Puppy farming gang who made £500k selling sick pups jailed


Five people have been sentenced for conspiracy to commit fraud and animal welfare offences after selling sick puppies to members of the public, with one puppy dying within hours of arriving in their new home. Overall, the puppy farming group made over £500,000 from the sales.

The five – Wally Beaney, Louise Smith, Maria Smith, Charlotte Byron, and Debbie Lampard – were sentenced on Thursday 25 January at Woolwich Crown Court. While Ms. Lampard was sentenced to an 18 month conditional discharge, the other defendants received custodial sentences ranging from 2 years and three months to four and a half years.

Their activities first came under scrutiny when the RSPCA became aware of several cases in which puppies had fallen ill and died shortly after being taken home by their new owners. In one case, three Golden Retriever puppies from the same litter all died within four days after purchase. A number of dogs and pups were found living in squalid conditions at two Beechwood Gardens properties.

RSPCA inspector Vikki Dawe, part of the charity’s Special Operations Unit, said, “These dogs were all being kept in horrible conditions with very poor care which did not remotely reflect the expectations of buyers who saw the adverts placed for them.”

A number of phones were also seized, showing that Wally Beaney had been purchasing large quantities of puppies of various breeds. One message read, “Bought 20 last week, sold about four, I’m sweating. I got cockapoo westies and some other crosses, been slow this week… could do with going back into a good four month lockdown.”

Inspector Dawe said, “The defendants conspired together to acquire and sell puppies through advertising them in such a way as to entice the potential purchaser into coming to see the puppy, where they inevitably want to purchase it regardless of any warning bells.”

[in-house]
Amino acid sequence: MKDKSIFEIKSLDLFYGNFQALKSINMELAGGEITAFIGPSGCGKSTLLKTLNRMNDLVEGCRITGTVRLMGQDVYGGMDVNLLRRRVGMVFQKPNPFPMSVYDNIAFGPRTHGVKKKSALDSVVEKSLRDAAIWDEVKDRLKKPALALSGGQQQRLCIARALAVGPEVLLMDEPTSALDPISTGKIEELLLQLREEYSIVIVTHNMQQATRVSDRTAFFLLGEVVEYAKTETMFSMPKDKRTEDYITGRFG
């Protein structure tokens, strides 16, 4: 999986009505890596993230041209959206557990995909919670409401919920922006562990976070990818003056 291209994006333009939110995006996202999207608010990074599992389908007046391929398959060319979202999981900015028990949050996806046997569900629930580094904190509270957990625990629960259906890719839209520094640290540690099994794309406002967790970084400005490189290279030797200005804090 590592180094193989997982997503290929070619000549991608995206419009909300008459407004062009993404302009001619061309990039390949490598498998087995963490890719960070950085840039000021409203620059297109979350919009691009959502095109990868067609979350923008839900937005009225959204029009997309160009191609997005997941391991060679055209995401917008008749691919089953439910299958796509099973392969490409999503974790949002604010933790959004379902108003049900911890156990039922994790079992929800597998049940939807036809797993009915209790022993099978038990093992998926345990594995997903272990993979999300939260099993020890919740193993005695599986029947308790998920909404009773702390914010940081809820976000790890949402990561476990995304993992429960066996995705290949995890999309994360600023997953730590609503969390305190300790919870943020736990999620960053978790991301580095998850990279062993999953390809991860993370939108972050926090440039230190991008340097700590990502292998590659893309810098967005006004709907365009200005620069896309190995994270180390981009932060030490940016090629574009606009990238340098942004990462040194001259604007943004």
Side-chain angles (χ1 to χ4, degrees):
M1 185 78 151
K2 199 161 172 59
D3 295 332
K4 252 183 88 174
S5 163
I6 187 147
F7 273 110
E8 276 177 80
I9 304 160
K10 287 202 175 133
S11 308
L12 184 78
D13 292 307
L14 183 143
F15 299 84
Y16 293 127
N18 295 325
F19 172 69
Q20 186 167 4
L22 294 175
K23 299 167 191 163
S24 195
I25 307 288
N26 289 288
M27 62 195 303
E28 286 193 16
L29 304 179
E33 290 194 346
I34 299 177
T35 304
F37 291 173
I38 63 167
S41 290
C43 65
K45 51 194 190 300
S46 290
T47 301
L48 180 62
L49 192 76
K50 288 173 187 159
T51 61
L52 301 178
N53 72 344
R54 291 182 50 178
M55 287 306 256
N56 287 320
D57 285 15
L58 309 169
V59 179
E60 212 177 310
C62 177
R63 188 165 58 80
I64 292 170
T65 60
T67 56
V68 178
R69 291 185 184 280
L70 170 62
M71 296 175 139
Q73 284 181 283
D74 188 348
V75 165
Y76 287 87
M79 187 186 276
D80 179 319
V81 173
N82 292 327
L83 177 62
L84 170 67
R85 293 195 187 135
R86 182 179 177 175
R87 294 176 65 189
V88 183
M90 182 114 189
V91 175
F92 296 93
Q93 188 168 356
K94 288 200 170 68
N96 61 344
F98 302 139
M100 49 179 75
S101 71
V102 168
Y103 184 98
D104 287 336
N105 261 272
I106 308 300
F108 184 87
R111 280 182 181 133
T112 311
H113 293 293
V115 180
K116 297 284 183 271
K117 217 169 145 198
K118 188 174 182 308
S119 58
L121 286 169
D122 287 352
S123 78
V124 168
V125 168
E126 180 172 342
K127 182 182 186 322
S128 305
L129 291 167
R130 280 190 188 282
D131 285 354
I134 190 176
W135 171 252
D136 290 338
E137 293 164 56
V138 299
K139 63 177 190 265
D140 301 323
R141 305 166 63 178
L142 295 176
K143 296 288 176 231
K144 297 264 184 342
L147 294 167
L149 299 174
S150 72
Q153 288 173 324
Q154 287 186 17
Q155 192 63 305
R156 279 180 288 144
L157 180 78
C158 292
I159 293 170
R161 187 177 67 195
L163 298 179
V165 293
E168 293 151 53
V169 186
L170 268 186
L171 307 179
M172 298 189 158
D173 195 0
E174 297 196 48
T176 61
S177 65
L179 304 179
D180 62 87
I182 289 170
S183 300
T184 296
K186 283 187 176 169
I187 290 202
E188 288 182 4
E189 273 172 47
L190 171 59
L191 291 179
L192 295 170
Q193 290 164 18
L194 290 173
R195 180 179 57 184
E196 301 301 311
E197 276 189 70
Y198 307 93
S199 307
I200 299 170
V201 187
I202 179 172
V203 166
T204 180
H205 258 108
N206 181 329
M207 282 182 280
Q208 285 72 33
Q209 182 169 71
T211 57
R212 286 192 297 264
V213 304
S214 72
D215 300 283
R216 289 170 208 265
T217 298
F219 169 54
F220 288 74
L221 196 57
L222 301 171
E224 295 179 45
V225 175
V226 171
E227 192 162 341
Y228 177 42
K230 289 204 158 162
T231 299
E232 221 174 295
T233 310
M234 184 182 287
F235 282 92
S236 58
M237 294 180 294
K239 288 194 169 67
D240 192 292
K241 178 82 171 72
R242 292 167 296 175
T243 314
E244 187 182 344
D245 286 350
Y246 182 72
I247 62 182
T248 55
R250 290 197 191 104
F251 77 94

She added, “They advertised the puppies under different aliases and as a ‘private’ seller, making it appear as if the puppy had been bred from a family pet and not from somewhere unknown or farmed.

“The puppies were then sold from the defendants’ home addresses and buyers were told that they had been bred from the family pet and were being sold from family homes.”

Following the sentencing, Inspector Dawe said, “This was a long and complex investigation and we are grateful to everyone who cooperated. A particular thanks must go to Kent Police Rural Task Force for their assistance working alongside the RSPCA investigating animal cruelty. Puppy farming has upsetting consequences for the puppy’s owners and the puppies themselves.

“We’d always encourage anyone thinking of getting a puppy to adopt rather than buy, and to do lots of research first to ensure they source a dog responsibly.”

Images by RSPCA


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